UK Standard Variable Rate Mortgages, Lifetime Tracker Mortgages and Fixed Rate Mortgages
Click to enlarge 

With inflation currently running at 2.9% you can now get an average real inflation adjusted 2 year fixed mortgage for -0.02%, a 3 year for 0.09% and a 5 year for 0.72%.

I’m currently out of the UK property market in rental accommodation but with my Assured Shorthold Tenancy coming up for renewal in the near future plus a Letting Agent that treats me slightly worse than belly button lint every time the annual negotiation begins, it’s time to reassess whether it’s time to buy.  Today is not meant to be a comprehensive piece of data analysis in typical Retirement Investing Today style, that will probably come later as I formulate my thoughts, but more some musings of what is currently running through my mind in the hope of generating some comment from you the valued reader.

Before musing about whether to buy let’s briefly get a summary of some of my economic opinion and data analysis that has been covered over many previous posts on the table:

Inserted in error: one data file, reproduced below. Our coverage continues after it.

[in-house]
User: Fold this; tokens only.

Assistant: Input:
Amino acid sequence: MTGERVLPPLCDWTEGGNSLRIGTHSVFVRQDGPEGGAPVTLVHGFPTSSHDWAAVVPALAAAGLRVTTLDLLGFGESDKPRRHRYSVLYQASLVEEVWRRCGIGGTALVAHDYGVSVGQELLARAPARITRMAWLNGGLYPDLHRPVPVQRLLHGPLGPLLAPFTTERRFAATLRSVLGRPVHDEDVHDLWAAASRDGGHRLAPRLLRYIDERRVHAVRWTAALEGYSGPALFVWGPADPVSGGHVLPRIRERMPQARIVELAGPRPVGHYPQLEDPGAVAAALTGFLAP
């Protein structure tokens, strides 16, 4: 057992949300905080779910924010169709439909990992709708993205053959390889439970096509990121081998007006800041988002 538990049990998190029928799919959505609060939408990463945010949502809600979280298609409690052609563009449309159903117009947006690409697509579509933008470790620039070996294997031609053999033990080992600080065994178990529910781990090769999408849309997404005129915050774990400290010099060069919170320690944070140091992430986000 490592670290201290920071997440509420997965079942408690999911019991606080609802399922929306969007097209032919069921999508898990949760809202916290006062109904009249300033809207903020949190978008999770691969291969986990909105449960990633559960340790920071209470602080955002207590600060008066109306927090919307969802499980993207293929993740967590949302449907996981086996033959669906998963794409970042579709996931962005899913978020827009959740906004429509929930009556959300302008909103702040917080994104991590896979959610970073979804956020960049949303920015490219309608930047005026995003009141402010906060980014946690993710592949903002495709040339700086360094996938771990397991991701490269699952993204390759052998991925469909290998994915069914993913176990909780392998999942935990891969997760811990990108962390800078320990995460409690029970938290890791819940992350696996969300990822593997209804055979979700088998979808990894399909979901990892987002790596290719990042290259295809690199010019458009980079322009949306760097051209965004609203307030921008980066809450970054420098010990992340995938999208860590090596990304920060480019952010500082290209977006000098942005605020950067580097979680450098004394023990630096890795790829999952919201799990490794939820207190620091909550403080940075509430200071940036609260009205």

1. The previous models I have used to examine UK housing predict that houses are affordable but not good value
  2. The UK Government and Bank of England are actually trying to engineer a Financial Repression and not Austerity.
  3. House prices have been flat in nominal terms since the start of 2010 but are falling in real inflation adjusted terms.  
  4. The government wants to protect nominal property prices as allowing property prices to fall would greatly damage re-election chances.  I don’t believe they are protective of real inflation adjusted prices as it’s a great way to improve value without the majority of the population noticing.  They've shown their hand on this topic with the original FLS scheme plus the extension, Help to Buy Equity Loans and the Help to Buy Mortgage Guarantee which will start on the 01 January 2014 to name but four.